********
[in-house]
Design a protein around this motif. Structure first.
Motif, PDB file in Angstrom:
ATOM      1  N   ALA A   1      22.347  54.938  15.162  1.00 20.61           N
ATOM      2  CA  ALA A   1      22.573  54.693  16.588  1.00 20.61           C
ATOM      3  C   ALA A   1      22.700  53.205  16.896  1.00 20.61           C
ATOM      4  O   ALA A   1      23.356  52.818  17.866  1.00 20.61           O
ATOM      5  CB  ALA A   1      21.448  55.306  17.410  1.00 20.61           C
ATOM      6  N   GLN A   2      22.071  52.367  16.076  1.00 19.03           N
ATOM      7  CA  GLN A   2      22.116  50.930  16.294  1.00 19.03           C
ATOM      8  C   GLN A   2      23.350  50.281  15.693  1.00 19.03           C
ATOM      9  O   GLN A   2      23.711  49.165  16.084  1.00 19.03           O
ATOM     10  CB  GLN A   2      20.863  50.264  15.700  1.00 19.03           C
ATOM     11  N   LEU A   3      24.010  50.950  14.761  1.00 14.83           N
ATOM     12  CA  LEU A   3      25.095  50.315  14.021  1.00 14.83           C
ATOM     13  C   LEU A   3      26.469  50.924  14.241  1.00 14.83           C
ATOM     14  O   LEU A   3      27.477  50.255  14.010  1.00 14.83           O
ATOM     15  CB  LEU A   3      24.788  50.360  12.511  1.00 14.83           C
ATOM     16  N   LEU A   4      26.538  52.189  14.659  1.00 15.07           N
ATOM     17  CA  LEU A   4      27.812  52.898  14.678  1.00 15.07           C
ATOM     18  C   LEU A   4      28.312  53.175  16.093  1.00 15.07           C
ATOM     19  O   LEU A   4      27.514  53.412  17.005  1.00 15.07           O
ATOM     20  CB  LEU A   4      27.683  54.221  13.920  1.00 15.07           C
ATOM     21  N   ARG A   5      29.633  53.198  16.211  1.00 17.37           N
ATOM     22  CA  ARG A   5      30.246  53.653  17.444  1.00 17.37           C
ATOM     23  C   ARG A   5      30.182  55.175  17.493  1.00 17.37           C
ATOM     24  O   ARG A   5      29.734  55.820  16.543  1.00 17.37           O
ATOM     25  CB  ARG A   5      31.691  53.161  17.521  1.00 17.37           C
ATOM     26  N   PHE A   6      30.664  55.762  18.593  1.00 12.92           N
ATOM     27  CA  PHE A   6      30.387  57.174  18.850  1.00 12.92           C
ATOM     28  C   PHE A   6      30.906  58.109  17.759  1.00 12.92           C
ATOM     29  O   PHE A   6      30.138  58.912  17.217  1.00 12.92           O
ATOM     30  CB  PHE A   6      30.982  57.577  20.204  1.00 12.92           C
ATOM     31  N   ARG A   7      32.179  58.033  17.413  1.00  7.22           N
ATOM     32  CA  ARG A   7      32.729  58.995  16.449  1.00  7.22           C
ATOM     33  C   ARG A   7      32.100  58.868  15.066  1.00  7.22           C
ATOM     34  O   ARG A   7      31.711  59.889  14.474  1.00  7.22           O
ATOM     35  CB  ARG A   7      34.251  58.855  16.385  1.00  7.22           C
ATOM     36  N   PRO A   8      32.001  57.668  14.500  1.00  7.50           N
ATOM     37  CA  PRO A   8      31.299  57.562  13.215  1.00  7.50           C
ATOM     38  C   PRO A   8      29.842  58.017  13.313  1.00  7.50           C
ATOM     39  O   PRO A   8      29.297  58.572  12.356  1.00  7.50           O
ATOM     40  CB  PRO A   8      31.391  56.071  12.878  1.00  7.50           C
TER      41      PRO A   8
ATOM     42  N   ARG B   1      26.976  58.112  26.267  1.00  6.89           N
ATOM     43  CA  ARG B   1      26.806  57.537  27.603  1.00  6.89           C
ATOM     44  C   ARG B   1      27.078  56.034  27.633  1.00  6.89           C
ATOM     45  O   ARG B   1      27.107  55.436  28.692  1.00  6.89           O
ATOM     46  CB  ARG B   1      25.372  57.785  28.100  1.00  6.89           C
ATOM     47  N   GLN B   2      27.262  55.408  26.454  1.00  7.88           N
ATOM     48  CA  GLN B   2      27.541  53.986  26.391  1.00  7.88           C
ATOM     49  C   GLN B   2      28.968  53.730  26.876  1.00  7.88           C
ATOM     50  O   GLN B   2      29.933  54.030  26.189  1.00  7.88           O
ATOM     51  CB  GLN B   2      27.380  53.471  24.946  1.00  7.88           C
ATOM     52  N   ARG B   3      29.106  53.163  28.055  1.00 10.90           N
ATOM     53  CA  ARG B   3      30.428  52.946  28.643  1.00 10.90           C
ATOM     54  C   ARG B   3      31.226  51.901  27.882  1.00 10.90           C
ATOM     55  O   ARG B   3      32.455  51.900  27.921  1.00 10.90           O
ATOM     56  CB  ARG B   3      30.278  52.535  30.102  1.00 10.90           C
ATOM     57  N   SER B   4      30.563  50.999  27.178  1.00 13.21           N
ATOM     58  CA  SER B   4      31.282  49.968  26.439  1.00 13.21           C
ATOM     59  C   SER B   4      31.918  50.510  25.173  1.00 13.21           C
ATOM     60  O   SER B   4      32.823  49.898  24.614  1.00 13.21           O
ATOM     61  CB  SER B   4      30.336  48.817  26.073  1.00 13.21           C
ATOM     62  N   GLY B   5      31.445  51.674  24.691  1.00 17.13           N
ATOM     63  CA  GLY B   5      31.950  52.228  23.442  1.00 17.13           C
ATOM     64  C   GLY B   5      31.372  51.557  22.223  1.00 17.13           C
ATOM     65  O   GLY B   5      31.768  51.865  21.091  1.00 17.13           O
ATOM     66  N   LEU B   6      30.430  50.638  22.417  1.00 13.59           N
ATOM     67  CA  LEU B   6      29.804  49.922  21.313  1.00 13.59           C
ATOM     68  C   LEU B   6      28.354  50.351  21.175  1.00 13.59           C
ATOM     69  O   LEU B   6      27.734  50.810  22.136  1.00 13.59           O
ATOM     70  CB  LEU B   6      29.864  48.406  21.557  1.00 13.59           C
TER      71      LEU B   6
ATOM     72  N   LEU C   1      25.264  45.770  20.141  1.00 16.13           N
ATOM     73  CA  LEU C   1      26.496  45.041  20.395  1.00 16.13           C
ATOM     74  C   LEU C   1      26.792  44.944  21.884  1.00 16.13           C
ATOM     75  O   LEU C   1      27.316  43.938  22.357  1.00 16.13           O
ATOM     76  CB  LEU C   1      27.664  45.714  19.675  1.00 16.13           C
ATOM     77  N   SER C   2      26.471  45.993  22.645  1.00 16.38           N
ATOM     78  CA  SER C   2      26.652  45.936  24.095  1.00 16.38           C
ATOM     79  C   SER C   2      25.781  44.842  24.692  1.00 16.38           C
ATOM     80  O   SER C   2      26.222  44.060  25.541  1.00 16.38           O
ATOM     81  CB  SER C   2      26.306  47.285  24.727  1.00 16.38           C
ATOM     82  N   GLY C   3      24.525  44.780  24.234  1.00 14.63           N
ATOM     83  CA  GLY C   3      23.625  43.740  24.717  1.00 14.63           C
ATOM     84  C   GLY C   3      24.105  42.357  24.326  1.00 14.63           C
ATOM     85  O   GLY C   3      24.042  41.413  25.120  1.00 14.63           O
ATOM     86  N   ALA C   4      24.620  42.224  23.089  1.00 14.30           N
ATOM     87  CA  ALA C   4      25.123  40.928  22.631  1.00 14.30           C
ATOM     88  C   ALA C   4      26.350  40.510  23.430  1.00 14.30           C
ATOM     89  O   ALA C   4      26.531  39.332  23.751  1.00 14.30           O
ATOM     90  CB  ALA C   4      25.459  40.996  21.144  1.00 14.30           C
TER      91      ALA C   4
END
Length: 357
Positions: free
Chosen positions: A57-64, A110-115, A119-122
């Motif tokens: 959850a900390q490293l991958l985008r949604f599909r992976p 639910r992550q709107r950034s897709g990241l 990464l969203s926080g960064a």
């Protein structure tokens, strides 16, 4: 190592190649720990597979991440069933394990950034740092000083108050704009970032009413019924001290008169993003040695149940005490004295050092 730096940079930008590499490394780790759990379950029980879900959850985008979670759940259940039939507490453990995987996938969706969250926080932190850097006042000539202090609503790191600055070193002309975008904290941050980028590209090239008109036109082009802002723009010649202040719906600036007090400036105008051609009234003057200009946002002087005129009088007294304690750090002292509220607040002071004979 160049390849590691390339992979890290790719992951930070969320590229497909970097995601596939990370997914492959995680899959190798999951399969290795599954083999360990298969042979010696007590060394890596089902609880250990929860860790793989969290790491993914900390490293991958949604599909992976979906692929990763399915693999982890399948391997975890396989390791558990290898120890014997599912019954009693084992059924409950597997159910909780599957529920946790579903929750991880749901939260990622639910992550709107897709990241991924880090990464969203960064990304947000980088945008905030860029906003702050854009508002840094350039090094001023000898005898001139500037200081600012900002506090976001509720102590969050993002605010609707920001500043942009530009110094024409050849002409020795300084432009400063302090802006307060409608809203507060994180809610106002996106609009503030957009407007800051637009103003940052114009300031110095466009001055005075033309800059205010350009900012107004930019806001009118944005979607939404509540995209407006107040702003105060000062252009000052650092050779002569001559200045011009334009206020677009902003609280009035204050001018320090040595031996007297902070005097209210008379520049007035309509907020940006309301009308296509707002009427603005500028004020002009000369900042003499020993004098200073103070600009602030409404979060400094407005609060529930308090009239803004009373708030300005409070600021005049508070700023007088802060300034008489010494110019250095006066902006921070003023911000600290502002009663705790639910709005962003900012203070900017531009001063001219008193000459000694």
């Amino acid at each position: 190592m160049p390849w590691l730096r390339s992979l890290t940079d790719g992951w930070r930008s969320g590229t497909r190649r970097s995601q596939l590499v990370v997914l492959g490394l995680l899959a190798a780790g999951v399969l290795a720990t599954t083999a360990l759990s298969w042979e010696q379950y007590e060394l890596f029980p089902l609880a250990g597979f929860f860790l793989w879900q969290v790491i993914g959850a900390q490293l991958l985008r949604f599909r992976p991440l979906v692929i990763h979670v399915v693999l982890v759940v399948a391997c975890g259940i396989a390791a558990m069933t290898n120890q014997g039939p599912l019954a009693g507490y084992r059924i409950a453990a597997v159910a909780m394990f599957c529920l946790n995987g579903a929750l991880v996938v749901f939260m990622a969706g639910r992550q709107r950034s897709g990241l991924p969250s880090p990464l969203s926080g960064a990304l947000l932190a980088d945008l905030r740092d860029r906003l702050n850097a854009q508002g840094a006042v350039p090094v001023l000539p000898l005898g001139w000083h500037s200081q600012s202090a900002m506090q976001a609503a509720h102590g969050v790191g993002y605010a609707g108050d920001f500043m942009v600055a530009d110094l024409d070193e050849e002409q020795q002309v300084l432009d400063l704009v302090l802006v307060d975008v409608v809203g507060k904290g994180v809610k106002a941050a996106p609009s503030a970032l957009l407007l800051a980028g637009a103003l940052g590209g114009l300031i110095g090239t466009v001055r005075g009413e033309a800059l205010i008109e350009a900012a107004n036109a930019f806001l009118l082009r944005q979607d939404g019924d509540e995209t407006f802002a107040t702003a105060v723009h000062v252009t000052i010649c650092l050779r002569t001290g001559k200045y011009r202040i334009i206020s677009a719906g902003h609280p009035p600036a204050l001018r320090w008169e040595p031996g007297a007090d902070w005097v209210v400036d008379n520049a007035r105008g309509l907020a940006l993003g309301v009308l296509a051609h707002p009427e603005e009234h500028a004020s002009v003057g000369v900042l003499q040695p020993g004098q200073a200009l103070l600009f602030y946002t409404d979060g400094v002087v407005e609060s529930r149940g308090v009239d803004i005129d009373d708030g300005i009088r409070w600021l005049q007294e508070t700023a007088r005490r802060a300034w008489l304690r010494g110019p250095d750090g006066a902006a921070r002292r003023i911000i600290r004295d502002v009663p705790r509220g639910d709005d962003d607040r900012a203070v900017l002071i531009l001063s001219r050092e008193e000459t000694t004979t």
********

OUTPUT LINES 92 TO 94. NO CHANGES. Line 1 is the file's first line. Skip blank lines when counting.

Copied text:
ATOM     89  O   ALA C   4      26.531  39.332  23.751  1.00 14.30           O
ATOM     90  CB  ALA C   4      25.459  40.996  21.144  1.00 14.30           C
TER      91      ALA C   4